By Matthew Elliott
Set during the time of the Three Kingdoms period, Dynasty Warriors 6: Empires puts you in the role of one of many different characters. Your goal is to eventually take over all of China. This can be done in one of two ways. The first is as an officer to a ruler. In this mode you follow his orders and basically do what he says. The other mode is ruler mode. In this mode you are the ruler and you must manage you land. It is up to you to take over other territories and recruit officers to work for you.
Empires does come with a create-a character mode which gives you some limited options. Some of which are the abilities to change the gender, face, height and weight, and the clothes. In the end, I felt the characters I could create were much more interesting than the ones given to you in the game.
In both modes the game progresses in one month segments. Every month you are allowed to partake in one battle. This battle could be a mission given to you by your ruler, or it could be a mercenary mission. Mercenary missions usually involve helping a group of settlements defend themselves against a group of enemies. As you complete more mercenary missions, your character will garner stat bonuses as well as the game’s currency. During a month you are also allowed to purchase things, and if you are a ruler you can work with the officers under your rule. I believe that this system works well, once I figured it out.
And figuring things out is where my biggest complaint in this game lies. Its tutorial is a little bit lacking. In this day and age of video game I expect certain things from my games. Such as an optional tutorial that leads me, by hand, through the game as I play. Dynasty Warriors 6: Empires does not offer this. I basically learned how to play the game through trial and error. There is a short tutorial that you can read through, but I didn’t find it until about 2 hours into the game and by that time I had figured out most of what was going on. The first hour was extremely frustrating and I had no idea what I was doing. But in the games defense once I figured it out I began to enjoy the game…. somewhat.
Another feature in Empires is the use of light RPG elements. As you progress through the game you receive experience points which allow you to level up your character. This leveling system is also supplemented by an upgrading system. In this system you can spend the money you earn on weapon upgrades, health upgrades, as well as horses. With the upgrades you can customize your character to better suite you as a player. A drawback to this system is, depending on what territories you are in you don’t have access to all the stores.
At its heart Dynasty Warriors has always been a bit of a button masher. Having three basic attacks – Regular attack (the most used attack), strong attack, and your magic attack – I often found that the only attack I would use was the regular attack and the magic attack when it was charged up. At times I felt extremely bad assed when I was able to plough through hundreds of enemies at once. The only problem I had was when there were multiple enemies on the screen I would often have trouble finding my character in the mass of people. At times like that I found it very frustrating because I had no idea what I was doing.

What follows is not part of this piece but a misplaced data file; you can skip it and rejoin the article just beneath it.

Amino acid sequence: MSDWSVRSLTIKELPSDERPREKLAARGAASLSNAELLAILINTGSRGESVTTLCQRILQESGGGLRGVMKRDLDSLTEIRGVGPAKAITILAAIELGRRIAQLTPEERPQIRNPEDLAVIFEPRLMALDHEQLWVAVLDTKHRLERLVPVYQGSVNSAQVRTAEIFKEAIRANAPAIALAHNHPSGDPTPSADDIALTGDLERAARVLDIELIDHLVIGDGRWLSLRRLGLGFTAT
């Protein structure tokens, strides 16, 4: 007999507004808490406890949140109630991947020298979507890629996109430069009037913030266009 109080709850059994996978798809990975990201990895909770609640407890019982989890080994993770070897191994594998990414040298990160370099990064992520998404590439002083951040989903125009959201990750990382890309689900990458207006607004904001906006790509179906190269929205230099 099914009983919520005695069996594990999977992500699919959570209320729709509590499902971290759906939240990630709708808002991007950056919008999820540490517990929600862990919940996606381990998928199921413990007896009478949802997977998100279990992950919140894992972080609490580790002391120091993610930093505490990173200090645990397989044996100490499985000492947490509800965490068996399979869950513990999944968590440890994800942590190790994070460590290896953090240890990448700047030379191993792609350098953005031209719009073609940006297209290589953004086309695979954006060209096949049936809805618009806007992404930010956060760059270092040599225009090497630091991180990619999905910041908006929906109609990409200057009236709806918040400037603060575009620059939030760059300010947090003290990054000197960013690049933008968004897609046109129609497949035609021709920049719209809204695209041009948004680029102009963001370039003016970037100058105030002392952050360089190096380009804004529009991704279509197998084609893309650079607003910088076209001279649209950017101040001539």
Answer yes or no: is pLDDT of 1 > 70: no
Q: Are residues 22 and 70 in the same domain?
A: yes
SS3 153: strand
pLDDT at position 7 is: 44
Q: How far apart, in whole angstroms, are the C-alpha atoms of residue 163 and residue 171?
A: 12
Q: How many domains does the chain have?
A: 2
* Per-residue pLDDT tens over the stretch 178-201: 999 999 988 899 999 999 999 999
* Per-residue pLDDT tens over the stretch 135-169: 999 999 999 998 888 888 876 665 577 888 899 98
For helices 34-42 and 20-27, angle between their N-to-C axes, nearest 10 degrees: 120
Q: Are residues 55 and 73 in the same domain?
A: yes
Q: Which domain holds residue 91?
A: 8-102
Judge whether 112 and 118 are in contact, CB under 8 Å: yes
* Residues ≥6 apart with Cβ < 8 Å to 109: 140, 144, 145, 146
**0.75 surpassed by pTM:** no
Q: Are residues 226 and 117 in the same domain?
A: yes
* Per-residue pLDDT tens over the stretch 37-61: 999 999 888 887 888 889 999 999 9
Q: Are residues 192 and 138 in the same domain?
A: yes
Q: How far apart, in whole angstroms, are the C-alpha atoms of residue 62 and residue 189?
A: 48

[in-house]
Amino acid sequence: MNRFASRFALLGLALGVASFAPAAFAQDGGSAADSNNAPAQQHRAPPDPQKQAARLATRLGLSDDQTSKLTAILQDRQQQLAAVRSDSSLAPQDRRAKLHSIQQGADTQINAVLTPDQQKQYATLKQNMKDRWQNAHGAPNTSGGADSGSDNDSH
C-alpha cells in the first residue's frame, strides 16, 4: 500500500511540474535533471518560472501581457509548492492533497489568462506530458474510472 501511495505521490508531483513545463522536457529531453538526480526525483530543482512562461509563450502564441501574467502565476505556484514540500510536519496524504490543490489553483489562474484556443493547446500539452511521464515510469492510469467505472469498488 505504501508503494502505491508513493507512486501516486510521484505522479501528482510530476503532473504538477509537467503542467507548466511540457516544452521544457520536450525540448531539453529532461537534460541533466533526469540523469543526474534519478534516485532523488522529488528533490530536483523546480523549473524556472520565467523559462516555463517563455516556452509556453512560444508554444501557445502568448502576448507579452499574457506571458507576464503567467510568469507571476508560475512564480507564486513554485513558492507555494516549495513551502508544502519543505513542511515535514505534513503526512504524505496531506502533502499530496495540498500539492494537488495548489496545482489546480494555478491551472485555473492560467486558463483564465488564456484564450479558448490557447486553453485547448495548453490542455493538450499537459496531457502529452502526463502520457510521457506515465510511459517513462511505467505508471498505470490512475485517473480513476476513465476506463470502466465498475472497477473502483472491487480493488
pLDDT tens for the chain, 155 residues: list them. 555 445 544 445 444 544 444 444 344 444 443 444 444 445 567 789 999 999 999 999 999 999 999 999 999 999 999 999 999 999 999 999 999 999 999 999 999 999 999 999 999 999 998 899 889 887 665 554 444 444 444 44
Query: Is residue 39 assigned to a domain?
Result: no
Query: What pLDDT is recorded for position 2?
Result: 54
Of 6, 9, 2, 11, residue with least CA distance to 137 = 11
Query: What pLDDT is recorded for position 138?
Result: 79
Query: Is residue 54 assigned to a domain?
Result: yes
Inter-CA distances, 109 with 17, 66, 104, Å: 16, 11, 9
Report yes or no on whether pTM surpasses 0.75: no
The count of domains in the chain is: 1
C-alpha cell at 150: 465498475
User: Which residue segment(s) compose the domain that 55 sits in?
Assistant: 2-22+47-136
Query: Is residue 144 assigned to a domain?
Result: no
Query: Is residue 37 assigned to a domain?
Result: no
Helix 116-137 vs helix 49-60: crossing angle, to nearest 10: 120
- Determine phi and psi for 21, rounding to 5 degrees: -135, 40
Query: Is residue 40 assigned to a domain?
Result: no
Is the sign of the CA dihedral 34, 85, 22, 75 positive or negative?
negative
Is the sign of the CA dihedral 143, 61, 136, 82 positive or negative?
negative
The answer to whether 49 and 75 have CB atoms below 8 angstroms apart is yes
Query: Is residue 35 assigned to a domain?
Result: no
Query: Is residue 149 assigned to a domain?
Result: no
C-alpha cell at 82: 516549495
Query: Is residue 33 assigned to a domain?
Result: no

Graphically the game doesn’t come even close to breaking any expectations. It has some really weird pop-out. The game has grass that can be seen from a distance but once you get close it seems to disappear. The draw distance in the game is pretty good. You can see as far as you need to though this could be attributed to the lack of detail in the level design. There isn’t too much variation in the levels and most of the buildings all look the same.
My biggest complaint to the game is the lack of variety when it comes to the battle modes. There are basically three types. The first is messenger mode. You are given two minutes to traverse the map and deliver a message to a fellow officer. This sounds easy enough, but my first time through I was too slow and I wasn’t able to afford a horse, so I failed every one of those missions which became extremely frustrating. The other type is escort mode. This mode is very similar to the messenger mode. You have to escort a fellow officer through the battlefield and make sure he survives the trek. The third and most common mode is the attack and defend mode. In this mode you have to make one of your bases survives and you are able to kill the opposing officer. In most of the battles you are given an optional target objective. This objective could be killing a certain officer in a certain time limit or just killing other officers. After about 6 hours of these modes became a little boring, and doing the same thing over and over again drove me to reduce my playing time quite drastically.
Diehard fans of this series will really enjoy this game and get a lot out of it, as they have all of the previous Dynasty Warrior games. You could probably spend hundreds of hours leveling characters and going through all the different historical scenarios it offers. With great replay value, Dynasty Warriors 6: Empires offers a great value for the $40 dollar cost.
Systems Available on: PS3 and 360